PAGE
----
Methyl a-B-galactopyranoside carbonate solution at 50°.
(1.0 g) was dissolved in 50 ml of O.lM sodium
solution in small portions.
(3-5.0 g) was added to this
The amount of.potassium
of the preparation.
determined by paper chromatography
exchange resin and evaporated The product was separated methanol or ethanol.
in 6:4:3 v/v 1-butanol-pyridine-water
by treatment with Amberlite
ferric hydroxide by extraction with at 209 nm, indicating
with some unreacted
in aqueous solution at room temperature. presumably
was oxidized with sodium hypoiodite6
to 7.5-8.0 with barium hydroxide
or sodium chlorite
in hot water, and the precipitation
(2 0.3, water);
to about 100 ml and a-p-
It was then
and washing were repeated.
(c 1.03, water), stable as high as Finally,
and the solution was treated with Amberlite
exchange resin or sulfuric acid to remove barium ions. gave a colorless syrup which crystallized methyl a-g-galactopyranosiduronic +128O
up to 220-225' but turned light brown about ZOO';
215', turning light brown at about 200'. in hot water,
The pH of the eluate was adjusted
which was washed well with 75% ethanol.
did not melt at temperatures
and then passed through a column of
filtered; 2-3 volumes of ethanol were added to precipitate galactopyranosiduronate
containing mainly methyl a-g-galacto-hexodialdo-
sodium methyl a-_P-galactopyranosiduronate
under diminished pressure at low temperature
It had a strong absorbance
The oxidation product could be reduced to the starting material with
the solution was centrifuged;
presence of sn aldehyde group, but was contaminated compound.
ferrate used depended upon
After reaction was complete as
spraying with silver nitrate and sodium hydroxide, and the filtrate was neutralized
Removal of the solvent
after cooling; yield 0.4 g (40%) of 3o +1400 [a),
(c 2.0, water), mp 107-108".
(2 2.0, water), mp 105-106';
acid using the above procedure; [a], +57O
glucopyranosiduronic calcium salt
separated by prepara-
(2 0.16, water).
+24='), followed by conversion
([a]E5 +39O), evaporation,
[a]B 25 +16-+26'.
to be methyl a-pPreparation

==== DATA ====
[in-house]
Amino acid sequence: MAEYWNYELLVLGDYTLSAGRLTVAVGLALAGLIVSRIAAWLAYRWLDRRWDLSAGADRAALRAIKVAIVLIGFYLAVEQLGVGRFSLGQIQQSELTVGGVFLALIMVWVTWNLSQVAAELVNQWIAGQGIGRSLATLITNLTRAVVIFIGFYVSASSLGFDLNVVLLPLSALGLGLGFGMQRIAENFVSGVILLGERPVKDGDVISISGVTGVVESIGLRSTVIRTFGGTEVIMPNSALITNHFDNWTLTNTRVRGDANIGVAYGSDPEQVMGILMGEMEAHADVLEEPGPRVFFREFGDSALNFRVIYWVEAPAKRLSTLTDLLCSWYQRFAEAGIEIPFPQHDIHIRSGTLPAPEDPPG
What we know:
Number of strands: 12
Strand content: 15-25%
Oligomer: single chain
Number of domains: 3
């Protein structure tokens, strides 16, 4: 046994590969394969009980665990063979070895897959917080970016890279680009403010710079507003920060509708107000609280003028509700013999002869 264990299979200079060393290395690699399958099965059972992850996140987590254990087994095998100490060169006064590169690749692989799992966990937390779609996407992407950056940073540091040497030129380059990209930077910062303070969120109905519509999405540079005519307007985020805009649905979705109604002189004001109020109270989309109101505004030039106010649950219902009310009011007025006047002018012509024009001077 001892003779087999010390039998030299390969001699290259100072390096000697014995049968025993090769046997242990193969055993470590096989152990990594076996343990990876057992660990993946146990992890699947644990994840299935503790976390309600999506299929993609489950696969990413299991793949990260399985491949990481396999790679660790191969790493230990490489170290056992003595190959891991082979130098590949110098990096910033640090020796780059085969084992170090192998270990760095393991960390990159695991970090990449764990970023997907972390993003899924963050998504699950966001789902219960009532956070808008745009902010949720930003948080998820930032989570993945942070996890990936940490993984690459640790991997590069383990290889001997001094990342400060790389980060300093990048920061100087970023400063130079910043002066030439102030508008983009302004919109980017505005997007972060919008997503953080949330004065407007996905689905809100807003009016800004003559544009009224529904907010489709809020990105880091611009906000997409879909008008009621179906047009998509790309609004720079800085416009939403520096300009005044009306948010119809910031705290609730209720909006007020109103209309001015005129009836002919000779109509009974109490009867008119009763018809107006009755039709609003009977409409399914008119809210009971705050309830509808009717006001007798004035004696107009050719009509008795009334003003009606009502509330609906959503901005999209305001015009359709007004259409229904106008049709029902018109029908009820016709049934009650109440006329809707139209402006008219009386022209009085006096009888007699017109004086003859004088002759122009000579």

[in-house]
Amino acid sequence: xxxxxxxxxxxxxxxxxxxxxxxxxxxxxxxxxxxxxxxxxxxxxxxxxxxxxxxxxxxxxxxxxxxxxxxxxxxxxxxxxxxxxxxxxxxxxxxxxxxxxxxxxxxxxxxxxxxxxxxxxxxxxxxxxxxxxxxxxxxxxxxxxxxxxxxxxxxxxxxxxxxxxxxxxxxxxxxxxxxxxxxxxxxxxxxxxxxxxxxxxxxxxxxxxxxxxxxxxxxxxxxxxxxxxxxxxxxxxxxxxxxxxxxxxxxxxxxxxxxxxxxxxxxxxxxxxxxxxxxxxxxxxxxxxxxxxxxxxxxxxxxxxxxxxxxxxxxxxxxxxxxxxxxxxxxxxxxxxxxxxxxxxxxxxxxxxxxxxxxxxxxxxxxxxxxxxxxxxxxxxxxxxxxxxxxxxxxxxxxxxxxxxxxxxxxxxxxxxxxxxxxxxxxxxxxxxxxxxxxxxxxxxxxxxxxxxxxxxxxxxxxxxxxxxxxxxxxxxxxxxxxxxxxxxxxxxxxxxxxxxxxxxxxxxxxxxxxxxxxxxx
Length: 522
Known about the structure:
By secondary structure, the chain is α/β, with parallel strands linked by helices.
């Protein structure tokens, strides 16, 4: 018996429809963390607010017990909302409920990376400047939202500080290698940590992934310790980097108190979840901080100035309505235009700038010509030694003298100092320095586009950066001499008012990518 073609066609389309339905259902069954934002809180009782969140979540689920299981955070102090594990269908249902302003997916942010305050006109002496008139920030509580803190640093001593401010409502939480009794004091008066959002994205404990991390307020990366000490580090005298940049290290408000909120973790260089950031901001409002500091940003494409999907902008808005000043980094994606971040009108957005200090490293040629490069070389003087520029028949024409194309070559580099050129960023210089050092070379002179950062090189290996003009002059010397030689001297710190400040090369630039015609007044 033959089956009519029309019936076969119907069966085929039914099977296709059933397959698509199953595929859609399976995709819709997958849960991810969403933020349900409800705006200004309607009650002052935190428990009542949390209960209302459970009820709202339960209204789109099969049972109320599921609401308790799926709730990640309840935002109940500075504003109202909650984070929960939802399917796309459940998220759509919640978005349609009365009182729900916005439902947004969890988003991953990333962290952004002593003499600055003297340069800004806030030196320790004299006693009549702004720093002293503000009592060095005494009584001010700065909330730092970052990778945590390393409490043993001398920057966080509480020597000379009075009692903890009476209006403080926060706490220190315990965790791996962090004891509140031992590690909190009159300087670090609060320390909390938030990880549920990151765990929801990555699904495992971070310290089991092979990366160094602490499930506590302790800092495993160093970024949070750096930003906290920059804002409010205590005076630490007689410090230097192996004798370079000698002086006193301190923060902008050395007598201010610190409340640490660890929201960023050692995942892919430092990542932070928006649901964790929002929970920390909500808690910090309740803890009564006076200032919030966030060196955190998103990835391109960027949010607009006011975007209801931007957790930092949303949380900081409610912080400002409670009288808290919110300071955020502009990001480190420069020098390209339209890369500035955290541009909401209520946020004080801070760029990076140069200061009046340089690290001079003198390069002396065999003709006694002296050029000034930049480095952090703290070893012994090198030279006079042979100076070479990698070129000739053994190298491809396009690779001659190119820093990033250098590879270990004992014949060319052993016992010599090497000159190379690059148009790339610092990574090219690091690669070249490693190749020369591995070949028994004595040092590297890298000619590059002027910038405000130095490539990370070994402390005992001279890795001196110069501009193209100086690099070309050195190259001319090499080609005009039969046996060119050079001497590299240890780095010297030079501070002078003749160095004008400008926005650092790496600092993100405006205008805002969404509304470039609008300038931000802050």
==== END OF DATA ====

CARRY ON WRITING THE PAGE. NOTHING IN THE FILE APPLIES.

to the free acid with Amberlite
drying and redissolution,
The faster moving component was assumed to be a lactone(s).
Barker -et al. lo prepared
the sodium salt of methyl Neither
Easty'l made the barium salt.
Time‘11 --* et al l6 reported
reported any physical
In most ferrate oxidations,
the main product,
after long reaction times, nor oxidized
was not an acid, and from which no 2,4-dinitrophenyl-
could be formed.
(5 1.0, water).
was a compound that could not be reduced with sodium borohydride with sodium hypoiodite,
the acid to be a syrup that was probably a mixture
the free acid and lactones;
on Silica Gel H with 7:2:1 v/v ethyl acetate-
The slower moving compound, believed
(2 0.14, water), mp 120-123°;
was also oxidized using the same procedure.
The resulting pale yellow syrup contained
(c 1.4, water), mp 114-115O.
had lower Rf values and are, per-
or, more likely, a dimer or higher polymerization
That they arise from ketones has not been ruled out. References 3, 279 (1971).
R. J. Audette,
J. W. Quail, and P. J. Smith, Tetra. Letters,
J. N. BeMiller
and S. D. Darling, U.S. Patent
R. Ii. Wood, J. Amer. Chem. Sot., 80, 2038
J. M. Schreyer and L. T. Ockennan, Anal. Chem., 23, 1312 (1951).
M. L. Wolfrom
T. P. Nevell, Methods
S. Morel1 and K. P. Link, J. Biol. Chem., 100, 385 (1933).
and A. Thompson, Methods
and H. S. Isbell, Methods Carbohyd.
Chem., 2, 67 (1963). Chem., 2, 11 (1963).
Chem., 3, 182 (1963).
C. A. Marsh, J. Chem. Sot., 1578 (1952). T. E. Timell, W. Enterman,
F. Spencer, end E. J. Soltes, Can. J. Chem., 43,
2296 (1965). 11.
S. A. Barker, E. J. Bourne, and M. Stacey, Chem. Ind.
D. B. Easty, J. Org. Chem., 27, 2102